Modern spectrophotometric atlases are burdened with significant systematic errors. In particular, the problems of spectrum calibration in the ultraviolet region are not solved; different parts of the spectrum are not thoroughly fit to each other; spectra of (even bright) stars, obtained by different authors, display large discrepancies. Here we discuss a possibility to construct a new atlas of spectral energy distributions (SEDs) for a large set of stars by comparison of empirical stellar spectra in dozens of modern spectrophotometric atlases, as well as the comparison of synthetic and observed color indices in different multicolor photometric systems. In this way we suppose to exclude most of systematic errors and construct a new three-dimensional (spectral class, luminosity class, metallicity) atlas of empirical stellar spectra for several thousand stars. After exclusion of interstellar reddenings, a semi-empirical atlas of average SEDs can be constructed for about 150–200 spectral subtypes. This would allow us to make calibrations of spectrophotometric and photometric parameters in terms of spectral types and physical parameters (Teff, log g, [m/H]) and to verify the accuracy of model stellar atmospheres.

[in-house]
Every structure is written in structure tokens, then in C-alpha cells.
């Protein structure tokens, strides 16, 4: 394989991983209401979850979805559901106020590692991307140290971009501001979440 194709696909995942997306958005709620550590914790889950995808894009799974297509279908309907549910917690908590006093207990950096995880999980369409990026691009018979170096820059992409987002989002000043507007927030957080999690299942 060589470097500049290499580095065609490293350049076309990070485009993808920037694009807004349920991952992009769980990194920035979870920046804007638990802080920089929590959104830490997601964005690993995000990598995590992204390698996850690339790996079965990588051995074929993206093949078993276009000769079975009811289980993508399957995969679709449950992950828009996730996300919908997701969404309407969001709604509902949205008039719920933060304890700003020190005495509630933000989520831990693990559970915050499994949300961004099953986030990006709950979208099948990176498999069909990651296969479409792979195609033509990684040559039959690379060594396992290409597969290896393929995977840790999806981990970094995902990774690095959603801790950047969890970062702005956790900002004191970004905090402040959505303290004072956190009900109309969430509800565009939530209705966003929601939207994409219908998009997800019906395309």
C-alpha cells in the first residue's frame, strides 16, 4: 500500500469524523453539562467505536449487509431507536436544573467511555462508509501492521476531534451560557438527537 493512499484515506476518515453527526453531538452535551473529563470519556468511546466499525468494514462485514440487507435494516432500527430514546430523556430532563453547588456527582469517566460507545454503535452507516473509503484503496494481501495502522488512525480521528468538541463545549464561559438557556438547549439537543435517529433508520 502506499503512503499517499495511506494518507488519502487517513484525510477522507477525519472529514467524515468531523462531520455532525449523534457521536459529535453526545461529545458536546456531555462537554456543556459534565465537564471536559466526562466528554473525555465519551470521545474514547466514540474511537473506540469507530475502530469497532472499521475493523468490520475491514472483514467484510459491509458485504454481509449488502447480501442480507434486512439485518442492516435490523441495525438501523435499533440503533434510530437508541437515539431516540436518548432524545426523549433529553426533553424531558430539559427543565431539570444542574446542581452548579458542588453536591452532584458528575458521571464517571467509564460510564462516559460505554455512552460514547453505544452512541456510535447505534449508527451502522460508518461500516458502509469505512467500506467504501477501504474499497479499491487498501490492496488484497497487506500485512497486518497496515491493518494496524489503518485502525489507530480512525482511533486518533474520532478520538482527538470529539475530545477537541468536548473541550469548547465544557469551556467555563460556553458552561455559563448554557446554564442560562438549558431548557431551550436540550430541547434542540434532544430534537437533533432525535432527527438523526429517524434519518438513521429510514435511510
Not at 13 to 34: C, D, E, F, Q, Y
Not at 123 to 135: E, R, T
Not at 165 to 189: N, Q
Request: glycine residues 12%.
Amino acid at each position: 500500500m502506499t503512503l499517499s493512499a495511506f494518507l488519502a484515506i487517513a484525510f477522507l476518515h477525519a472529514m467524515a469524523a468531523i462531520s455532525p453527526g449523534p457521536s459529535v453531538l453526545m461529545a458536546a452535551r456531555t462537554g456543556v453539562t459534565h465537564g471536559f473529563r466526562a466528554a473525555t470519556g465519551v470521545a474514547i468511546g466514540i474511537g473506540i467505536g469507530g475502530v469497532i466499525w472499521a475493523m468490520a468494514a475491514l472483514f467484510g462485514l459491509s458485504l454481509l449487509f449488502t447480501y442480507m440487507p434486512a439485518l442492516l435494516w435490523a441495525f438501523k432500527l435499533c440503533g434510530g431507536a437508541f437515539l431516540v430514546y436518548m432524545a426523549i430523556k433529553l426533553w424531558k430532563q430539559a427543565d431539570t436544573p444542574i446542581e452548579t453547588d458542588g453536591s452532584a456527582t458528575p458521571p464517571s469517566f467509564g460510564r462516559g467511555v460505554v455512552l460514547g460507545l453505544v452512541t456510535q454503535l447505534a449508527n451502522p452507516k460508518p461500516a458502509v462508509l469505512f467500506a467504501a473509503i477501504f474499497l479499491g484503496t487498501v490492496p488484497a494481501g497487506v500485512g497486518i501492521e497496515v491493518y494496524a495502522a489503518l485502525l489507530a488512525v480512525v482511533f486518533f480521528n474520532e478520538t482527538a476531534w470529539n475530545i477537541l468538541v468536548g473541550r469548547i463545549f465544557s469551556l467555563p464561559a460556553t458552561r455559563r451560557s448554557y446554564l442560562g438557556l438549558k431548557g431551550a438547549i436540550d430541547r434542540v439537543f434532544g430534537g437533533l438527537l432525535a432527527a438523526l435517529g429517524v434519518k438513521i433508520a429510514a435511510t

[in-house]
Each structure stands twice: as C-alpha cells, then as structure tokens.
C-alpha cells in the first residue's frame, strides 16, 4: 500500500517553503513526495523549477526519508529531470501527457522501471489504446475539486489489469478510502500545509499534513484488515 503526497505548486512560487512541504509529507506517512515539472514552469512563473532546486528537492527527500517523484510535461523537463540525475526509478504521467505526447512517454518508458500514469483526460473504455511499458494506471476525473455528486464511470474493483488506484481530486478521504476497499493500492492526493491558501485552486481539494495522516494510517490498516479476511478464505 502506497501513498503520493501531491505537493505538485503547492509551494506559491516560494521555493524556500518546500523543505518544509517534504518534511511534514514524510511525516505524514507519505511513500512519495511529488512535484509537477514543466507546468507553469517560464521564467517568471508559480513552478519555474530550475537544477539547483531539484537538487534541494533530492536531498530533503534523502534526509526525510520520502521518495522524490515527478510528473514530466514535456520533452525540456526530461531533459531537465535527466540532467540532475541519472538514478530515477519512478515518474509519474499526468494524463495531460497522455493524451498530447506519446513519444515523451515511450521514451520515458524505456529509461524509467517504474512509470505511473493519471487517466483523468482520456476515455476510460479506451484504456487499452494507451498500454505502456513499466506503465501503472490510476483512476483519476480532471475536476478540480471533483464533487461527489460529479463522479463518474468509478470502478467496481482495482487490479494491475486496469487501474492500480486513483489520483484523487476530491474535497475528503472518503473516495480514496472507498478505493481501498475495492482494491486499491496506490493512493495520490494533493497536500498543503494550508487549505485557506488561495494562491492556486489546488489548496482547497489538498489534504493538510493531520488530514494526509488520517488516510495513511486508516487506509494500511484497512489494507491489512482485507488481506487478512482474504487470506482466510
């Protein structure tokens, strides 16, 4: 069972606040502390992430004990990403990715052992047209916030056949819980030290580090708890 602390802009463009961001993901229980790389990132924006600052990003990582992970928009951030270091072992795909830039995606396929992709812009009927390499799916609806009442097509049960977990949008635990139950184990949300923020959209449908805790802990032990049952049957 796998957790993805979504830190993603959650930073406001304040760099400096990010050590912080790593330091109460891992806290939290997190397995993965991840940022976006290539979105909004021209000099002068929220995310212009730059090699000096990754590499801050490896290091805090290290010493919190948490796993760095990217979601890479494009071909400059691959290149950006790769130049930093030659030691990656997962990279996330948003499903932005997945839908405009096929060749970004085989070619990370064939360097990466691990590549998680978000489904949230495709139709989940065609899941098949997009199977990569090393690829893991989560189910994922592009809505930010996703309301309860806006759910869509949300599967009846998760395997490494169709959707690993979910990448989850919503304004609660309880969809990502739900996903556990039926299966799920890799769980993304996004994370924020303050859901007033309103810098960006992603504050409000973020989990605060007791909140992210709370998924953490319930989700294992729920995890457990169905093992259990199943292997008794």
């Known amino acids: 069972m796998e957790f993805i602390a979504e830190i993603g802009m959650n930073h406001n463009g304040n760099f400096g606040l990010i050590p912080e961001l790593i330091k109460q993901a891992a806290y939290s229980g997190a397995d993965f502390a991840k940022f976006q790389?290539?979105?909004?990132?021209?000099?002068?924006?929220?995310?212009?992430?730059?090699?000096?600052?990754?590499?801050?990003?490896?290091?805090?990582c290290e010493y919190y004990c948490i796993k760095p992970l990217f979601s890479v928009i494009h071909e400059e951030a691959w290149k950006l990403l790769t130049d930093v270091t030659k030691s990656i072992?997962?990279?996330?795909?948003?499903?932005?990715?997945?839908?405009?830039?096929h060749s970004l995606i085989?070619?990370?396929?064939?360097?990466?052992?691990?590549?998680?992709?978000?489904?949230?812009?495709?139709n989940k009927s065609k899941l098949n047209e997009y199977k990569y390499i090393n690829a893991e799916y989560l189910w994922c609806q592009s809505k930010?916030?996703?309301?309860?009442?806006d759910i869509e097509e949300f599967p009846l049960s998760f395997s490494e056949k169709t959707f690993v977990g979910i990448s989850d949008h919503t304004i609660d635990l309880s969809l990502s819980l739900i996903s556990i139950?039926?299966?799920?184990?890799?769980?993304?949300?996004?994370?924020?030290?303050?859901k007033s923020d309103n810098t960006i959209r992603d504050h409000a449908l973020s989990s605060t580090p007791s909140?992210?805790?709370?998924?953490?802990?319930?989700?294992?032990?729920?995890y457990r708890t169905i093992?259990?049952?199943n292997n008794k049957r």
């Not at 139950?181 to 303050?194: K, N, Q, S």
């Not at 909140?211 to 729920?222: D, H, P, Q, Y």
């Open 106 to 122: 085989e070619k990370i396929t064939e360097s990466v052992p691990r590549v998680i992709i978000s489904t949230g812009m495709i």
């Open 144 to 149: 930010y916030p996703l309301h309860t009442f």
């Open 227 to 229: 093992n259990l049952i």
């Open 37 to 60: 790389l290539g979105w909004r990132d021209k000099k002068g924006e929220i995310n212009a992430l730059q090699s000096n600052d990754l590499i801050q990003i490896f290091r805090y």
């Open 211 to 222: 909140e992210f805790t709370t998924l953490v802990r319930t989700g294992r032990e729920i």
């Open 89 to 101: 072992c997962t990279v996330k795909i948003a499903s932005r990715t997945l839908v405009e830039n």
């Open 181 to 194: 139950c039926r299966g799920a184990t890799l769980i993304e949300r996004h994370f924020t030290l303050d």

Some selected catalogs of the effective temperatures (Teff) for F, G and K stars are analyzed. By an improved technique we estimate the external errors of these catalogs from data intercomparisons. The Teff values are then averaged with the appropriate weights to produce a mean homogeneous catalog based on the selected data. This catalog, containing 800 stars, is compared with some other independent catalogs for estimating their external errors. The data may be used as a source of reliable homogeneous values of Teff , together with their errors.
Developing methods for analyzing and extracting information from modern sky surveys is a challenging task in astrophysical studies. We study possibilities of parameterizing stars and interstellar medium from multicolor photometry performed in three modern photometric surveys: GALEX, SDSS, and 2MASS. For this purpose, we have developed a method to estimate stellar radius from effective temperature and gravity with the help of evolutionary tracks and model stellar atmospheres. In accordance with the evolution rate at every point of the evolutionary track, star formation rate, and initial mass function, a weight is assigned to the resulting value of radius that allows us to estimate the radius more accurately. The method is verified for the most populated areas of the Hertzsprung-Russell diagram: main-sequence stars and red giants, and it was found to be rather precise (for main-sequence stars, the average relative error of radius and its standard deviation are 0.03% and 3.87%, respectively).